Published on September 25th, 2013 | by Flipside0
UKIP plans referendum on laws of physics
The UK Independence Party has gained political ground by promising to free Britain from the restrictions imposed by EU law. Now, the party has identified another set of laws that are holding back Britain, and is campaigning to scrap them.
“The laws of physics have been imposed on the British people for far too long”, said UKIP leader Nigel Farage. “It’s about time the people were consulted about whether we actually want them. Take gravity, for instance. Newton invented it back in the 1800s I think. But since then, no one’s reviewed it, or looked into whether it’s helping Britain or not. It certainly hasn’t helped anyone who’s fallen off a cliff, I can tell you. So maybe it’s time we repealed this outdated law, and replaced it with a more carefully thought out British Law of Gravity, that actually serves our needs. We could start by having an exemption for metal, so that cars could fly. Solve the congestion problem at a stroke, wouldn’t it? Why has no one else thought of this?”
Also under fire are the laws of thermodynamics, specifically the ones concerning heat absorption by carbon dioxide. “Instead of covering the countryside with windfarms, why not simply take away the rule that states that the air has to get warmer if you put more carbon dioxide into it?” said Farage. “Then when the lefties come bleating to us about climate change we could tell them unequivocally that British CO2 wasn’t to blame, and that if any humans are causing climate change – which we aren’t – then it’s down to Johnny Foreigner like all our other problems.”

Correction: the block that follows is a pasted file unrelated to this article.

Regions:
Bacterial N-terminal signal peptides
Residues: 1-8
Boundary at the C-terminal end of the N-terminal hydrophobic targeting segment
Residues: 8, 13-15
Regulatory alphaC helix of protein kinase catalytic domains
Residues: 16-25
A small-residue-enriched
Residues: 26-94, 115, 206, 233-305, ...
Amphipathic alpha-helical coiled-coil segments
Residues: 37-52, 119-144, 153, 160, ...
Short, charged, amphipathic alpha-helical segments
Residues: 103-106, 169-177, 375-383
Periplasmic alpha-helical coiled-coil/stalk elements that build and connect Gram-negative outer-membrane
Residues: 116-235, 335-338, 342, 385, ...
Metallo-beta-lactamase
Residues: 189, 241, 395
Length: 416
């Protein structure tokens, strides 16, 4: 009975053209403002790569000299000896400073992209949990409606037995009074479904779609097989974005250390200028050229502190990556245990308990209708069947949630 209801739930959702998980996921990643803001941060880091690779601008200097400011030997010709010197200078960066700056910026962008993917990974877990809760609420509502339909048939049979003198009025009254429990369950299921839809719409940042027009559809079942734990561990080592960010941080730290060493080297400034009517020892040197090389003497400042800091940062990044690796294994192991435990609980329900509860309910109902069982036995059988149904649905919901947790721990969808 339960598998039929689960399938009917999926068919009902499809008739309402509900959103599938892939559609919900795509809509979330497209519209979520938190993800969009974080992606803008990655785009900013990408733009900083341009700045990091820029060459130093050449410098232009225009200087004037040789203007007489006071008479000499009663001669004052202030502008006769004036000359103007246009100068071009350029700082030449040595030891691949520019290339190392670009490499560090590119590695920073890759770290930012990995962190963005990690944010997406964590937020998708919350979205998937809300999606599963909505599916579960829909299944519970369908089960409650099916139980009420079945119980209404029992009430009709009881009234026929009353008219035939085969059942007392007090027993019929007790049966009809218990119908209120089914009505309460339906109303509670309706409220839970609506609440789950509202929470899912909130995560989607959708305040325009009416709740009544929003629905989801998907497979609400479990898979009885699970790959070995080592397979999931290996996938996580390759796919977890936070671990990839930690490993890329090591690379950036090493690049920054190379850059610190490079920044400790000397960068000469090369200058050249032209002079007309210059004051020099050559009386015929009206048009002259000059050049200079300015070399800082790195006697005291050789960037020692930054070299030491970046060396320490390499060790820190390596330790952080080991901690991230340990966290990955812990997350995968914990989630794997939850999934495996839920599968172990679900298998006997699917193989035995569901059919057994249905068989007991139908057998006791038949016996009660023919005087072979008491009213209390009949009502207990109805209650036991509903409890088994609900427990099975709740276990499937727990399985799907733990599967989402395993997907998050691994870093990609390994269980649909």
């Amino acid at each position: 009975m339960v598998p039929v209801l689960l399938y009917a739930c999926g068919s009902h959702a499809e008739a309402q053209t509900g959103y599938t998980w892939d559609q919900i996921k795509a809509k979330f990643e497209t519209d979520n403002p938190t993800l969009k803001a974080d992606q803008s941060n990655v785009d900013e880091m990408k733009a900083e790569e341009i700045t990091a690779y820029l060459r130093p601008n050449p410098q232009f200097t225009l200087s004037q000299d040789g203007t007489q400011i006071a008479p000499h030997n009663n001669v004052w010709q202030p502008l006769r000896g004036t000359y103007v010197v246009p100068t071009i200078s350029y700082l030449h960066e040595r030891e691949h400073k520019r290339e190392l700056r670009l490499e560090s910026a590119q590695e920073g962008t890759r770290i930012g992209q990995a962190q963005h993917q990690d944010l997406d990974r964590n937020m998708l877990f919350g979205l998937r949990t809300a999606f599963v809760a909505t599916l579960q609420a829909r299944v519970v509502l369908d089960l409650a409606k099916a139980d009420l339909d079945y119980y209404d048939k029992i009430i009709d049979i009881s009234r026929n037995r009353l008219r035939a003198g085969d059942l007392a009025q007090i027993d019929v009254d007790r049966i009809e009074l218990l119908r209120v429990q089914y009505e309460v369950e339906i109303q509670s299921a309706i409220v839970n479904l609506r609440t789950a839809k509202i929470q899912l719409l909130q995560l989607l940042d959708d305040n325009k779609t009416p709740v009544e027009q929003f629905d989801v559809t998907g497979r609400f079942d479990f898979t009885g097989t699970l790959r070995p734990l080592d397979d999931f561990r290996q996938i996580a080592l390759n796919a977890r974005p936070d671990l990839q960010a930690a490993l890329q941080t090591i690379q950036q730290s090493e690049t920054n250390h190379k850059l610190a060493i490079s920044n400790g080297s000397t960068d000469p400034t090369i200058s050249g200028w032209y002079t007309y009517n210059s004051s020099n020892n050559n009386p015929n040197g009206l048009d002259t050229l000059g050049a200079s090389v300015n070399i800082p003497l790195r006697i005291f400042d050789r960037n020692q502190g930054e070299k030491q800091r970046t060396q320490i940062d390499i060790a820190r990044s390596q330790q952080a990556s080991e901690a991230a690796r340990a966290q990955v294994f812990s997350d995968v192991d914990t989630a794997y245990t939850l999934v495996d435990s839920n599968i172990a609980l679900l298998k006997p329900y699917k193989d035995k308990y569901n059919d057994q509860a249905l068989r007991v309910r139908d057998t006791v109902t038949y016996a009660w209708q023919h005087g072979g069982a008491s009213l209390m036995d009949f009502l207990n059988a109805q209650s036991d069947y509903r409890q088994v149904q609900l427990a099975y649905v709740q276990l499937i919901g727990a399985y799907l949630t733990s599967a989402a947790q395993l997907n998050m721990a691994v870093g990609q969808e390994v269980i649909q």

Also in the firing line are Einstein’s laws of relativity. “They were invented by a German!” fumed Farage, “and then suddenly we had them over here too! Did the British People get a say in the matter? The Hell we did. I’m not having any moustachioed German telling me I can’t travel faster than light in my weightless flying car. So we’re calling for an in-out referendum on all of the laws of physics. And the laws of mathematics. A few tweaks there and we’d soon clear our national debt.”
The other Westminster parties declined to comment on these plans. We telephoned several members of the Scottish parliament inviting them to comment, but sadly none of them were willing to say “Ye cannae change the laws o’ physics!” in a comedy Scottish accent, even when we offered them money.